Chapter

Freedom, Security, and Justice in the European Court of Justice: The Ambiguous Nature of Judicial Review

Sionaidh Douglas-Scott

in The Legal Protection of Human Rights

Published in print February 2011 | ISBN: 9780199606078
Published online September 2011 | e-ISBN: 9780191729720 | DOI: http://dx.doi.org/10.1093/acprof:oso/9780199606078.003.0013
Freedom, Security, and Justice in the European Court of Justice: The Ambiguous Nature of Judicial Review

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It has become almost commonplace to state that, in the context of the EU's Area of Freedom Security and Justice (AFSJ), freedom and justice are being sacrificed to the needs of security. This means, among other things, that important human rights are sacrificed. The EU has been slow to adopt measures on rights, and too quick to adopt more coercive and potentially rights-violating measures such as the European Arrest Warrant, or the extremely broad EU definition of terrorism. The performance of the European Court of Justice has been disappointing and there has been little input from the European Parliament. This chapter discusses two specific cases relating to US access to Passenger Name Records and terrorist blacklisting (Kadi), which are more to do with the autonomy of EC law than with human rights protection. It examines the current situation and argues that judicial review by the European Court of Justice has not improved the situation.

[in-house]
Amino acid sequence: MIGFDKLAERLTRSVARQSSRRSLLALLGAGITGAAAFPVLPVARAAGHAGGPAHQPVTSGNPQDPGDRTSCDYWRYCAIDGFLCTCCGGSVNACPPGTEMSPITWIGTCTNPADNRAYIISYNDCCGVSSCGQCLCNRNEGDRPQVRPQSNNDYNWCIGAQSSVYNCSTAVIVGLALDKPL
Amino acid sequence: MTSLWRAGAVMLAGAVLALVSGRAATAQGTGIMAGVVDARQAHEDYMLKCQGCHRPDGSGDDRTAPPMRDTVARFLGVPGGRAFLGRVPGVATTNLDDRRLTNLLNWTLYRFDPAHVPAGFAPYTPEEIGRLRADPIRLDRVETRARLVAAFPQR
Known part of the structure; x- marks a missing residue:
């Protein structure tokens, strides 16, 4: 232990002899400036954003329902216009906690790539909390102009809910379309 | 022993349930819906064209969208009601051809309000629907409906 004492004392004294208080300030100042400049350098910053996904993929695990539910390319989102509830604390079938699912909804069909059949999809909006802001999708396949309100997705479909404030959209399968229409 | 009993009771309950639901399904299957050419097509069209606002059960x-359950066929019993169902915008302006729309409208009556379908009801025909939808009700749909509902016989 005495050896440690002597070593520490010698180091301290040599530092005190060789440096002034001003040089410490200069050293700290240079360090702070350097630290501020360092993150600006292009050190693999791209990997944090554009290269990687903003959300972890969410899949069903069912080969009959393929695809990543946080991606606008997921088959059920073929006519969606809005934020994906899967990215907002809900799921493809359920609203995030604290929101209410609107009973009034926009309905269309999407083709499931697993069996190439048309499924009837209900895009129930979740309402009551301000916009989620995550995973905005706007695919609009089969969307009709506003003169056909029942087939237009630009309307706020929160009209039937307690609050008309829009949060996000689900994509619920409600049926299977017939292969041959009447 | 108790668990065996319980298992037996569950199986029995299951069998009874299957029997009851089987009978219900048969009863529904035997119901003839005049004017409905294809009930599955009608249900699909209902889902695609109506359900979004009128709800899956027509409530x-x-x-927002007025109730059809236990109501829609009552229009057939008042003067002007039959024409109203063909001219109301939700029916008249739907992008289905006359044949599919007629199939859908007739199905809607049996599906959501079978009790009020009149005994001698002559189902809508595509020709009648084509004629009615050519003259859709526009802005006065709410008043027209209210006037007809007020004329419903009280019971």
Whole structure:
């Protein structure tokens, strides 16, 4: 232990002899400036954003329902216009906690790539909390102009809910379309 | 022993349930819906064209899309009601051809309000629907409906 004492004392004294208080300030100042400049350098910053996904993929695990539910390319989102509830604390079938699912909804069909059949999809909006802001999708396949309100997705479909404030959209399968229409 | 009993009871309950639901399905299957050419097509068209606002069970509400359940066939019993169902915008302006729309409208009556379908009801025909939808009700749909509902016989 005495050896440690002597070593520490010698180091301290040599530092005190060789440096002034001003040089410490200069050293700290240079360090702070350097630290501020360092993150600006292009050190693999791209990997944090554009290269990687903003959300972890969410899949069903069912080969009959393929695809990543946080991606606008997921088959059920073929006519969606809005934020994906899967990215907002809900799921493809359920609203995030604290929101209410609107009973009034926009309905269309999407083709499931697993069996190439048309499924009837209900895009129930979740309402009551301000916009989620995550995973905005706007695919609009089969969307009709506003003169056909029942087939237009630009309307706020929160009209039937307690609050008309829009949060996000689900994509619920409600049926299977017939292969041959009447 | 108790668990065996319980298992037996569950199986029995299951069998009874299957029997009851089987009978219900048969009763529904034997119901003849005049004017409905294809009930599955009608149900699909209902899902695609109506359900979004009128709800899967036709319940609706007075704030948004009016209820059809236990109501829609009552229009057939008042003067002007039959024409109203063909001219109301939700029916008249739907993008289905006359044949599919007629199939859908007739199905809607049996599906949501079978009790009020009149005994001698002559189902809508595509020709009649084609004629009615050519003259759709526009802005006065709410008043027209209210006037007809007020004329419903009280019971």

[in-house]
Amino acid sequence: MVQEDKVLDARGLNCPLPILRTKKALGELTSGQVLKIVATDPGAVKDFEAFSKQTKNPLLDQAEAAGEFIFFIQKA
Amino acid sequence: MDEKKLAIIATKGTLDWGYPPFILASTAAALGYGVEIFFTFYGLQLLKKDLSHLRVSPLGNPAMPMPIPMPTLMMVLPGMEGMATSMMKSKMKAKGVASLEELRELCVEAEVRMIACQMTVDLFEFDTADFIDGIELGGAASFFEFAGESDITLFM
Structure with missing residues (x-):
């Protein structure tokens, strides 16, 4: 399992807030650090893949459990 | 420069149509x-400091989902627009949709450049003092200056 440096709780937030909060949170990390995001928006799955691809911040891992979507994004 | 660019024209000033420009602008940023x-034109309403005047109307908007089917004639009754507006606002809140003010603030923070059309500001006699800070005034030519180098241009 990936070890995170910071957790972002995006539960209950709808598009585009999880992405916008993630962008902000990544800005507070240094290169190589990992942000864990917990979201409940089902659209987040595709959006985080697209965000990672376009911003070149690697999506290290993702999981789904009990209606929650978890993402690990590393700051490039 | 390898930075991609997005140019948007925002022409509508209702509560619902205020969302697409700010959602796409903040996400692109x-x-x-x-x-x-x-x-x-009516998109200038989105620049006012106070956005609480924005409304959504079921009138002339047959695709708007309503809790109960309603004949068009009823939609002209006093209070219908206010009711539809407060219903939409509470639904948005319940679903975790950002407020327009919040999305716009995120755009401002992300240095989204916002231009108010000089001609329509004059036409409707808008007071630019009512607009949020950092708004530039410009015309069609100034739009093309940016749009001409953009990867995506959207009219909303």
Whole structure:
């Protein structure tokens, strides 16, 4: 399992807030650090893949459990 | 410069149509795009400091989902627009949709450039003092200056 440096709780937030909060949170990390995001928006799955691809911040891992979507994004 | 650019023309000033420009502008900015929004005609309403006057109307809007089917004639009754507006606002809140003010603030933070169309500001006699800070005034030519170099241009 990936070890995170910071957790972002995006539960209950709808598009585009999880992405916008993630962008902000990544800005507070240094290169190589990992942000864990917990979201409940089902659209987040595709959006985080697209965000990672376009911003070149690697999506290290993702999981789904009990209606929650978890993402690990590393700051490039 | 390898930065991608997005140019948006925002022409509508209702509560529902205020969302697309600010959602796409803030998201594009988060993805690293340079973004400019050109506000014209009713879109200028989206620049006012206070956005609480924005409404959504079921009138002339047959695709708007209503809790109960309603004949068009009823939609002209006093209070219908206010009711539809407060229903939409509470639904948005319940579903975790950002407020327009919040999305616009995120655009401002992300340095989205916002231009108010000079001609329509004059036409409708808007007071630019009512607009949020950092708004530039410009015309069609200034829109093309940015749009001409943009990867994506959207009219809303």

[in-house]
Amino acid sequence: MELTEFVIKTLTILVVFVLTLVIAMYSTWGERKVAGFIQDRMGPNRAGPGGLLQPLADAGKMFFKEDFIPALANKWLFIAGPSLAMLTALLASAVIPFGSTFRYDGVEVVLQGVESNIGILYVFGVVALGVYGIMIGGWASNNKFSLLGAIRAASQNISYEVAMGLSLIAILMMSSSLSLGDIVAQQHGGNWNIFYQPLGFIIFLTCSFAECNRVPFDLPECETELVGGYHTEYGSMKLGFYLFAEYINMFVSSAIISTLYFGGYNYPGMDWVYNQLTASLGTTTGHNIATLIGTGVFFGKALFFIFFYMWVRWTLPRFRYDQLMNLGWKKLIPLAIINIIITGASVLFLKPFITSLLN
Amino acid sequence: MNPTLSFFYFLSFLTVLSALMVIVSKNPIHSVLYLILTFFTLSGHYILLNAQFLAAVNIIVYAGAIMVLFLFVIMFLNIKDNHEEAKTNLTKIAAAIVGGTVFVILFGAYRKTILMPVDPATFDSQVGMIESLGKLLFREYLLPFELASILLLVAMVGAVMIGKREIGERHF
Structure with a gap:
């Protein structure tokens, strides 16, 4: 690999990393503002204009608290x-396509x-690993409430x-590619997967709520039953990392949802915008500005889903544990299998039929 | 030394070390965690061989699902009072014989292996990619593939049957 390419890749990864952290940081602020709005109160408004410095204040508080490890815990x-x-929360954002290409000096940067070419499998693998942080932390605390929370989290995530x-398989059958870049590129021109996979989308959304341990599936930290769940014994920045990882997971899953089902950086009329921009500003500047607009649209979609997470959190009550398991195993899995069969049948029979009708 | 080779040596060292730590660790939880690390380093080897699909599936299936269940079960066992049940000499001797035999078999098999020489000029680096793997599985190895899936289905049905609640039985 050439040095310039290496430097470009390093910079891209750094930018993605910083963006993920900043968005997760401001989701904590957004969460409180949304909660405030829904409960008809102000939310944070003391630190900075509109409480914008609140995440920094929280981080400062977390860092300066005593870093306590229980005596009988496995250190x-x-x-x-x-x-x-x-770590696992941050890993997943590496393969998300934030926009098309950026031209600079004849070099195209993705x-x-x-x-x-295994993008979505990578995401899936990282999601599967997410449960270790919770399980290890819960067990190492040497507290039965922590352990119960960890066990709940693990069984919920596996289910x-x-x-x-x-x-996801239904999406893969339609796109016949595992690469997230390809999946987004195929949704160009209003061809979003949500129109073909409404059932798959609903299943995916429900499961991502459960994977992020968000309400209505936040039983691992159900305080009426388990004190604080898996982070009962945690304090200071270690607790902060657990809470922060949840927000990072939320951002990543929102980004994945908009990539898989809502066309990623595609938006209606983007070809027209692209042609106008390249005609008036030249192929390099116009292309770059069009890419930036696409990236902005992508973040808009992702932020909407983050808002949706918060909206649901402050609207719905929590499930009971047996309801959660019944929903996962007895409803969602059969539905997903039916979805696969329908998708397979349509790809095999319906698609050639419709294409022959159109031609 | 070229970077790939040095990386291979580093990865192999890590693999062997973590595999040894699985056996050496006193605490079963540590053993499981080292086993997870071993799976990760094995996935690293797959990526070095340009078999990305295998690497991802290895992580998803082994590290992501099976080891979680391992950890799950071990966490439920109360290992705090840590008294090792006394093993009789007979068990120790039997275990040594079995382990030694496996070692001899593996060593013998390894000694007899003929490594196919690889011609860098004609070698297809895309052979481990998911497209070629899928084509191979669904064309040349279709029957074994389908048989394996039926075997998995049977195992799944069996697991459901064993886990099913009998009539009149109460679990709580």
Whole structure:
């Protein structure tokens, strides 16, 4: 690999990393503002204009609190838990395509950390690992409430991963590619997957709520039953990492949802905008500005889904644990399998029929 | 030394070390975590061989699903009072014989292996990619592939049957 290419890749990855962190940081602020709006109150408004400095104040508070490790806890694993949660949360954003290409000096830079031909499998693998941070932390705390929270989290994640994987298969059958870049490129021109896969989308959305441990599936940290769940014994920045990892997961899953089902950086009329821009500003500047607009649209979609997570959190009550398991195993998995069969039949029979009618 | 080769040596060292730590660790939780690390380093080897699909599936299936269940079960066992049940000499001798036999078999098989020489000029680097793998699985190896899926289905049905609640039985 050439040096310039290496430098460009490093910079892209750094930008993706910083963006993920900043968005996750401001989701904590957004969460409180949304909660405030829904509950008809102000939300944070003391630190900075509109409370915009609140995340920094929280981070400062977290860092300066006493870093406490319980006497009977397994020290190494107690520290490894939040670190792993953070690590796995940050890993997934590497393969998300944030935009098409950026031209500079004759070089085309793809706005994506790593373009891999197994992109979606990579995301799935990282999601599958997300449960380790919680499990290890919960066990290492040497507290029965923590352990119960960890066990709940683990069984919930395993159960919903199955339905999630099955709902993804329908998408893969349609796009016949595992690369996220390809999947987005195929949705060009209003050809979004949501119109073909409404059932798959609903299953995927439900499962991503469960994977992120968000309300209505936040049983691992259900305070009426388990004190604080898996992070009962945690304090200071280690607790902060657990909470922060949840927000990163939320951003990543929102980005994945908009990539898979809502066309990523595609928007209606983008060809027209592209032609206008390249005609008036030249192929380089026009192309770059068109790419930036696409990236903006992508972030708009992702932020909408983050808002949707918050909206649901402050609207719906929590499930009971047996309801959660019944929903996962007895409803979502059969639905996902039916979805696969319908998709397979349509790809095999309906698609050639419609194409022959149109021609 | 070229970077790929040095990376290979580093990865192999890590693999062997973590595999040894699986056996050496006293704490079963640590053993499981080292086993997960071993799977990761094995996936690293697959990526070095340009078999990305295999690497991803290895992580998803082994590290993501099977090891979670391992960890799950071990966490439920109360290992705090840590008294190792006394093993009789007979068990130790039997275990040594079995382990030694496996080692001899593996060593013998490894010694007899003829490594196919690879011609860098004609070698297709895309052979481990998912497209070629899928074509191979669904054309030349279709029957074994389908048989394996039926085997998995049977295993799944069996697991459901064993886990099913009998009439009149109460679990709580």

Keywords: area of freedom; security and justice; European arrest warrant; terrorist blacklists; judicial review

Chapter.  14740 words. 

Subjects: Human Rights and Immigration

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